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Los Angeles Times
June 1, 2017

Interpreters play a vital role in immigration courts — but their rights are being violated, labor board says
By Nina Agrawal

The Justice Department — which in 2015 awarded a contract to SOSi for up to five years and a maximum of $80 million — declined to comment on contract interpreters’ employment status. Kathryn Mattingly, a spokeswoman for the department, said SOSi was selected in a competitive process based on “technical evaluation and the best value to the government.” SOSi, based in Reston, Va., said in a statement before the NLRB filed its complaint that subcontracting interpreters “is not a new practice” and that the views of “the small handful of disgruntled interpreters who have filed protests in various venues do not represent … the majority of qualified professional interpreters.” The case, which now goes to a hearing before an administrative law judge of the NLRB, will affect hundreds of interpreters who work in immigration courts nationwide. Those courts are currently saddled with a backlog of 585,000 cases, according to the Transactional Records Access Clearinghouse at Syracuse University, and they are set to become even busier as President Trump pursues an agenda of mass deportation.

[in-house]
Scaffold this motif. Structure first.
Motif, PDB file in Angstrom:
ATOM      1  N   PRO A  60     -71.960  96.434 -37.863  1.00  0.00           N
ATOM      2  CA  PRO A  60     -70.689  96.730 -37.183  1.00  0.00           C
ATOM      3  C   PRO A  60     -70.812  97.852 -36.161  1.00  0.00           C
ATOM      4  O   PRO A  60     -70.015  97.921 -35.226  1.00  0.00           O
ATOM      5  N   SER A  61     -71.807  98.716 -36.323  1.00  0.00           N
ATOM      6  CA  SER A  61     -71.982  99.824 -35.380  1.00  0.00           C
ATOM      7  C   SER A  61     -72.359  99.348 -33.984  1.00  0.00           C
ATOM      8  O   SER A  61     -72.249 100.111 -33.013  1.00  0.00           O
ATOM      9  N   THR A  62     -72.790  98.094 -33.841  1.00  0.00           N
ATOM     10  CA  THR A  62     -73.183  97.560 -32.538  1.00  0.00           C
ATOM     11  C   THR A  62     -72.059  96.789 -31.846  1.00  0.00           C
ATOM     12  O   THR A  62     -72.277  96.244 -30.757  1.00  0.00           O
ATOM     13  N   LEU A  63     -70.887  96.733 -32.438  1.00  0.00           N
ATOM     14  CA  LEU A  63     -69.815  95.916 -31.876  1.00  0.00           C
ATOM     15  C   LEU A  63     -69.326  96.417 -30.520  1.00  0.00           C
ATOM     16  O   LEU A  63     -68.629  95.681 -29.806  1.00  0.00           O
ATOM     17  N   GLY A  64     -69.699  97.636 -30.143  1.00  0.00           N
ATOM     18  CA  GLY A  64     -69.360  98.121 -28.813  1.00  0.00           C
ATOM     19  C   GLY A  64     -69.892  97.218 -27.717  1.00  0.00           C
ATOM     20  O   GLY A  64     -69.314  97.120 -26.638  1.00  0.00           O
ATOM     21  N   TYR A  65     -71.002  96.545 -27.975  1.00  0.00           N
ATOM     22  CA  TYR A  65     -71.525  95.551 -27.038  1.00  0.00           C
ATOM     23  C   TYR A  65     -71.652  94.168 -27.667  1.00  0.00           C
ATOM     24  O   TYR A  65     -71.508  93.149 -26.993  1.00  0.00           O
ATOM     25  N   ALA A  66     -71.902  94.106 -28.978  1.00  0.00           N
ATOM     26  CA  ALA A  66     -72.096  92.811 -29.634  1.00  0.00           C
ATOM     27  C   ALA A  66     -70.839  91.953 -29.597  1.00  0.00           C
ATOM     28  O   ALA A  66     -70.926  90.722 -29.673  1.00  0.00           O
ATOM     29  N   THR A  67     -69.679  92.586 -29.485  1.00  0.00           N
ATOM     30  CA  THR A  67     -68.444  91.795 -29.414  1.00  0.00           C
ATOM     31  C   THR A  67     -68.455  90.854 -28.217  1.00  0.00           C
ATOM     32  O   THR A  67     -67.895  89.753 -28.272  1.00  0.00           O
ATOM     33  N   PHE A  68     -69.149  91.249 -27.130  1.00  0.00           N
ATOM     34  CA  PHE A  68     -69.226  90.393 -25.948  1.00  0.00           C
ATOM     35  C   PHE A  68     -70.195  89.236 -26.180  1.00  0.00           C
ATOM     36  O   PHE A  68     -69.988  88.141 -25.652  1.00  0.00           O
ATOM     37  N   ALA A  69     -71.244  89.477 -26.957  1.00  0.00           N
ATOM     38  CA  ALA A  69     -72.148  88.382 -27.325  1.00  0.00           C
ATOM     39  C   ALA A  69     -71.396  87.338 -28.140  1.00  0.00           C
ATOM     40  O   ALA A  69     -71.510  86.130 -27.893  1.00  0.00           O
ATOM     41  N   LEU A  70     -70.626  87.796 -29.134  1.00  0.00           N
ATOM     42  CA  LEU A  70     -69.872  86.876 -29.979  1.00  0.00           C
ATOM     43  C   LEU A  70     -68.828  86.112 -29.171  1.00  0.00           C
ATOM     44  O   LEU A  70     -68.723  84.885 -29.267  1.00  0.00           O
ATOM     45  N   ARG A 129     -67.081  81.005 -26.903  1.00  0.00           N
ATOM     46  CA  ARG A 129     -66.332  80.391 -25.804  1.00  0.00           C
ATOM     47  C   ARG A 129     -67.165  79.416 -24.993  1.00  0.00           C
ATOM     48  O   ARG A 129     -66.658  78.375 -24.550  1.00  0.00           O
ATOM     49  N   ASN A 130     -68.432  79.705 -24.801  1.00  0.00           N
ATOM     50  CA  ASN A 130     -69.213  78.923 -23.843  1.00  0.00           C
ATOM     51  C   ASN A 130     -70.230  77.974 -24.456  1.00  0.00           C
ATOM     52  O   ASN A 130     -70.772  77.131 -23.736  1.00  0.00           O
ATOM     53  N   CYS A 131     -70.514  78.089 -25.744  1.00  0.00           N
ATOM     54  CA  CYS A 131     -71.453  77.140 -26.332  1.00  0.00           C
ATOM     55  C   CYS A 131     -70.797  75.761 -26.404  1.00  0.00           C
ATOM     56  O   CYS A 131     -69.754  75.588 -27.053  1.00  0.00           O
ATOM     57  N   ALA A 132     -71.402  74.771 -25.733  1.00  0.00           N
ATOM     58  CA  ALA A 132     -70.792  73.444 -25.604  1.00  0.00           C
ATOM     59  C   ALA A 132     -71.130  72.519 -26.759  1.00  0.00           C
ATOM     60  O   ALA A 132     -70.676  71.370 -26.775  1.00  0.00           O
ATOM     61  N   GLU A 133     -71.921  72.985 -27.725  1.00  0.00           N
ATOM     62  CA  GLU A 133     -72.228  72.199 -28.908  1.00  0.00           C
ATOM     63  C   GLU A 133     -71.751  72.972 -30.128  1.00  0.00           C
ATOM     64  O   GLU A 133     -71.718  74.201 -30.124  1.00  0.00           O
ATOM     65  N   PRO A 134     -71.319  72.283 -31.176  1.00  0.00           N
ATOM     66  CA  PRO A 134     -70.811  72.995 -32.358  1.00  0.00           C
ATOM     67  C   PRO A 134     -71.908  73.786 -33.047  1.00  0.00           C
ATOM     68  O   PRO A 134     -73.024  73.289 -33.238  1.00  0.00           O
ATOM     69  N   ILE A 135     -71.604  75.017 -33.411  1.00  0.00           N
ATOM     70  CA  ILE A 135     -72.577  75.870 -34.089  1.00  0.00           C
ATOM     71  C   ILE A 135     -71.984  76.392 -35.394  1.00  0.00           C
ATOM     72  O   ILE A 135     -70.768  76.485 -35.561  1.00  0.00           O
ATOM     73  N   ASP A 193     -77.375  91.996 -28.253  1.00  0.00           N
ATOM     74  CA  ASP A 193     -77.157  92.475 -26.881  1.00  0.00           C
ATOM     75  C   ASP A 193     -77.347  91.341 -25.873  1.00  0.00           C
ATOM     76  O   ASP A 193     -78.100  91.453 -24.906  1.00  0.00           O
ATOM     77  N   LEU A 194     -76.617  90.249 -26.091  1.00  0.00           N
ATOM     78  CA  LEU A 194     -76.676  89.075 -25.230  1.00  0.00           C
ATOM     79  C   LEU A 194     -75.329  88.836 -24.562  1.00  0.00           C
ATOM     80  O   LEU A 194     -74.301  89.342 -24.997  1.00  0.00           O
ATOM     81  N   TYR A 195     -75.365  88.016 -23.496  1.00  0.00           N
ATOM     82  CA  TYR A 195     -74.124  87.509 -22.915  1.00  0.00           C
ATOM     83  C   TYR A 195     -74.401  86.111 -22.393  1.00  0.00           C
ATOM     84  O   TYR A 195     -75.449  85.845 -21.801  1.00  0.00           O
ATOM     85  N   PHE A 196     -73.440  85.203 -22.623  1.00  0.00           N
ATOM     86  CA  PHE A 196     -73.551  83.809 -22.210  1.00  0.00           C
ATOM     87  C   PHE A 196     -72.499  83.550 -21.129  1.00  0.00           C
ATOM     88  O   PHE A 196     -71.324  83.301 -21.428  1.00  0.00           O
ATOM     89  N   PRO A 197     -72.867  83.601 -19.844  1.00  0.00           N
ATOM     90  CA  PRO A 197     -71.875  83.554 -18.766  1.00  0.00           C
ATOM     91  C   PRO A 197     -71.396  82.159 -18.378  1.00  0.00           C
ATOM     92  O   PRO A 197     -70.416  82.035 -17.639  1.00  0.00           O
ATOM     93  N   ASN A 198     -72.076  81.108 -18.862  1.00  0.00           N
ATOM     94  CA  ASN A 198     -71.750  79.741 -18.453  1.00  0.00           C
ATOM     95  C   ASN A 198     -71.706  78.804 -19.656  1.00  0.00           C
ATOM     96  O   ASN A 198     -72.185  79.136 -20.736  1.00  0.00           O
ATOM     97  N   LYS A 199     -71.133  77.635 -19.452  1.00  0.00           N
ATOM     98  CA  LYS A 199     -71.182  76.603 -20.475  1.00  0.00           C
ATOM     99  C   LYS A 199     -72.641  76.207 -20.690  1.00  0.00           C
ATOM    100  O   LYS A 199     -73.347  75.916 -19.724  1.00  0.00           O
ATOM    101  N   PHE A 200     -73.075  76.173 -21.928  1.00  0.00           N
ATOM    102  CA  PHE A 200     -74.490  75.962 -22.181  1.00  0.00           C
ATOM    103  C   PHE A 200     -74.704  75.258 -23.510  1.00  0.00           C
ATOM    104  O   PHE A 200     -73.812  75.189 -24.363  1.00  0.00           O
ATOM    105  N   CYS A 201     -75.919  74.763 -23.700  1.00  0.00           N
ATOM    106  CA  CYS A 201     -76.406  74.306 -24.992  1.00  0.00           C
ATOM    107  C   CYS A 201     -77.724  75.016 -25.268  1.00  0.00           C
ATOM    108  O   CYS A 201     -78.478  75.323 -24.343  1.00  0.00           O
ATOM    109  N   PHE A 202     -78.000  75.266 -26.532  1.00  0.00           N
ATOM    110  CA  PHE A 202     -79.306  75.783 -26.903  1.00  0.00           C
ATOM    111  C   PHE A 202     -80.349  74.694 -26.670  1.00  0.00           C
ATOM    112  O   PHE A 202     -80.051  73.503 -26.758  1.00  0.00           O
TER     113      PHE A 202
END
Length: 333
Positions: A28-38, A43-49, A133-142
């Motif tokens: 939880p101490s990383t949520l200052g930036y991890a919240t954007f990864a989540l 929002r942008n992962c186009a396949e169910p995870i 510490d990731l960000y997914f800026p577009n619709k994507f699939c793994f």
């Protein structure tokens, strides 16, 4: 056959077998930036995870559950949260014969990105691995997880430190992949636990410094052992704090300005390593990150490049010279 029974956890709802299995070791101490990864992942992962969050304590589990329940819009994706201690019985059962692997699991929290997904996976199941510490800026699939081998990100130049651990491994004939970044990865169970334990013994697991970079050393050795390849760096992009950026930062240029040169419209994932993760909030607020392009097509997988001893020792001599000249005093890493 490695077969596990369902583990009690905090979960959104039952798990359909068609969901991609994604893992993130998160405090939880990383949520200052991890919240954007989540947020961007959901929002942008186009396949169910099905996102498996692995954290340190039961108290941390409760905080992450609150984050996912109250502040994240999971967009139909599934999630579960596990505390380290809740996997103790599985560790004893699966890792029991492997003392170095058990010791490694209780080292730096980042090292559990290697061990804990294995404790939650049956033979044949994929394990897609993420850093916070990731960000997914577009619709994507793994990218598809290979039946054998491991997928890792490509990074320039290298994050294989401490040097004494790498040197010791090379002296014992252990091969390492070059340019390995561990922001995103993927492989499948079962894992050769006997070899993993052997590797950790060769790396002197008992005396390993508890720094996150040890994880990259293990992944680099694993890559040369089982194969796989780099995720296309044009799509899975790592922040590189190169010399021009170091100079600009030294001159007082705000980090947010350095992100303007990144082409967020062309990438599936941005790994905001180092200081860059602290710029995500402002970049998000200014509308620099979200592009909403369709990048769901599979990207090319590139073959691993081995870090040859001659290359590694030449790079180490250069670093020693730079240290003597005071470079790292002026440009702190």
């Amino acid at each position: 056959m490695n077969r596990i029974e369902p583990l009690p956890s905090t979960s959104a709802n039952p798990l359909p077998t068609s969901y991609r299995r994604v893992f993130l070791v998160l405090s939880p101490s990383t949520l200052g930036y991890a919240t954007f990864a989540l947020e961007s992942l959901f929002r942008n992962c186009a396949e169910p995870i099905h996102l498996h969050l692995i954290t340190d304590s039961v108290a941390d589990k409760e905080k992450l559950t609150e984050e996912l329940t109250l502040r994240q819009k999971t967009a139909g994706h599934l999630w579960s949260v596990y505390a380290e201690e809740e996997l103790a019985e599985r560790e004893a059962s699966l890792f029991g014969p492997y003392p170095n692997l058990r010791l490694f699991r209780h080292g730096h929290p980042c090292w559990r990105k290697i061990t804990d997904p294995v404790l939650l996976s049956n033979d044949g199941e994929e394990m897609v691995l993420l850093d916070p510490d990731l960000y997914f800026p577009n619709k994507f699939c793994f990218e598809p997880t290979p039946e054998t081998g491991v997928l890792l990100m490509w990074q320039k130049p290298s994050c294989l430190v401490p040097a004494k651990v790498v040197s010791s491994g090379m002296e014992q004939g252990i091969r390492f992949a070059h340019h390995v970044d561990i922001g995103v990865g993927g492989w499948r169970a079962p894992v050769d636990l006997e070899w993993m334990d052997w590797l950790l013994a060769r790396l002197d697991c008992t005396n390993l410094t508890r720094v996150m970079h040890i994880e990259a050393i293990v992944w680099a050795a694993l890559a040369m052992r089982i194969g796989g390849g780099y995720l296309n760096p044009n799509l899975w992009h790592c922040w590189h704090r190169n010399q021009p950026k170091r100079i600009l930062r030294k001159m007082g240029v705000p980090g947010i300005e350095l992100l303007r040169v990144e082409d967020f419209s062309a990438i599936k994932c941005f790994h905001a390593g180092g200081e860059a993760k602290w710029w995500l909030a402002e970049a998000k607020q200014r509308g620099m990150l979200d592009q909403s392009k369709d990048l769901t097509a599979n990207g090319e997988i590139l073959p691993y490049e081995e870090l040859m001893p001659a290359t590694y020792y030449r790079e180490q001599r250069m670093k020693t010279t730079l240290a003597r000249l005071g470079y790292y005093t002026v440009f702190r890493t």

Transactional Records Access Clearinghouse, Syracuse University
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